One of the wildest ideas to hit the US Presidential campaign trail might become a reality sooner than you would think.
Donald Trump, the Republican party's nominee, has claimed that the US national debt, standing at more than US$19 trillion, does not need to be repaid.
"This is the United States government, you never have to default, because you print the money," he declared live on air.
His comments signal his belief that America's authorities, could, if they wanted, print enough money to pay back their creditors without raising an extra cent in taxes.
To many, Trump's comments were startling. Yet, those familiar with the gyrations of central banks know that they contained more than a grain of truth.
The notion of "helicopter money" - having a central bank issue new money to pay for government spending - could also be used to finance the US deficit, and eventually, to fund a budget surplus that could pay down the national debt.
This idea - often associated with economic basket cases such as Venezuela and Zimbabwe - has until now been left untested in the modern era.
It may get such a trial next month, when Japanese policymakers meet to discuss their next salvo against deflation in June.
There has been more and more talk about what central banks could do should a recession come.
Japan's central bank, which has already experimented with mass quantitative easing and negative interest rates, is viewed as being on the cutting edge when it comes to unleashing monetary stimulus.
George Saravelos, a Deutsche Bank strategist, says that "with Japan fast approaching the limits of its existing reflation project, it is a canary in the coalmine for the next global policy innovation".
In reaching for helicopter money, some worry that Japan will have pushed too far.
"Over the past several months, there has been more and more talk about what central banks could do should a recession come," says Toby Nangle, a Columbia Threadneedle fund manager.
Some central bankers believed that they could stimulate their respective economies by moving interest rates below zero. Nangle suggests that these moves have highlighted the problems with taking interest rates too low.
The lower rates go, the more tempting it will be for households to take their money out of banks, a privilege they may have to pay for, and instead decide to hoard it. That is unless governments choose to take extreme steps, like abolishing cash, in order to deal with the side effects.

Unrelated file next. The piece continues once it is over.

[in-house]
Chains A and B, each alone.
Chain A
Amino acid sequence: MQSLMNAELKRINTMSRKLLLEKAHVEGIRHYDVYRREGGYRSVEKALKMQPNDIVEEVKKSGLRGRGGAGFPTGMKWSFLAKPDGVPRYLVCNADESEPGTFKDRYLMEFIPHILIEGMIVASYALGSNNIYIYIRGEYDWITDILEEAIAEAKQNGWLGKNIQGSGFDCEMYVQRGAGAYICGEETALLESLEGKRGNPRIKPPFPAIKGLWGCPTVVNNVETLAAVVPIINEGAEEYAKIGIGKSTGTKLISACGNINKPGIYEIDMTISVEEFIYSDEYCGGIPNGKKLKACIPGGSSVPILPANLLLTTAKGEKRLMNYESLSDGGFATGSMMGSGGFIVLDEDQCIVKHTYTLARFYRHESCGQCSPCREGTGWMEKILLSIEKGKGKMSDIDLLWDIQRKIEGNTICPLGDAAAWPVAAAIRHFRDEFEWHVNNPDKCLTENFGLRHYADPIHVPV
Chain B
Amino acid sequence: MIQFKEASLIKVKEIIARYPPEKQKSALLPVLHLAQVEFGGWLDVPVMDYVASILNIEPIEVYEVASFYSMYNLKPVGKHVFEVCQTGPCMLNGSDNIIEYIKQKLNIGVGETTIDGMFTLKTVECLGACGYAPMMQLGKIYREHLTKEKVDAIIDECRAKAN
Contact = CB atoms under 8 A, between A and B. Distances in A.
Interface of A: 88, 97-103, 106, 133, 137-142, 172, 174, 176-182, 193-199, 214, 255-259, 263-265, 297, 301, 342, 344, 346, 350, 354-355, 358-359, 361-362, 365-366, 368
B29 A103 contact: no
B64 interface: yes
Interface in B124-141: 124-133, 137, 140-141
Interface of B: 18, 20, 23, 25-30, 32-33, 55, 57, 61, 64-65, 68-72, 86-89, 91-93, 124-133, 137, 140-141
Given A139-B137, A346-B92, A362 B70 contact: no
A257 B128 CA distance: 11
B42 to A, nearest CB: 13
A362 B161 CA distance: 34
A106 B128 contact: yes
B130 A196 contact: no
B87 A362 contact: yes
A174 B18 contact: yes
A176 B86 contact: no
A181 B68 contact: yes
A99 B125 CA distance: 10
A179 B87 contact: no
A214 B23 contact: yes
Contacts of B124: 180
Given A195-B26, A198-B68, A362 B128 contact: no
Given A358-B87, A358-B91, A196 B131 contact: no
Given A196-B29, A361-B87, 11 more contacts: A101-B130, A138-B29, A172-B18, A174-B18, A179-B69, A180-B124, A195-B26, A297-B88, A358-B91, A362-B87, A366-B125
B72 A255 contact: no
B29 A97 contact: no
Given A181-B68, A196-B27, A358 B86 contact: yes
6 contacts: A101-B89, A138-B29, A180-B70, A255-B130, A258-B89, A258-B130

Policymakers are looking for other options, and helicopter money, an idea popularised by Milton Friedman, the Nobel prize-winning economist, has come back onto the scene.
Central bank-issued money could be used to fund tax cuts or infrastructure spending in an attempt to boost growth.
The idea has burst into the mainstream, with former central bank officials openly discussing helicopter money's use, while current staffers try to downplay the prospects of its deployment.
Money depends on the public's trust in it, and Nangle argues that this trust can be "fragile". Playing around with printing money, even where policymakers believe they have run out of other options, could be dangerous territory.
Central bankers, who privately recognise that helicopter money could be useful in a crisis, don't want to alarm the public.
The same kind of concerns were voiced just before QE schemes were unleashed in the aftermath of the Great Recession. In some corners, investors were panicking, says Nangle, that inflation might go to 50pc or higher, as confidence in money was at risk of breaking down.
With helicopter money, the unknowns about how people might react are even greater. Under QE, central banks buy up government debt from the financial markets with newly created money, providing a boost to the economy.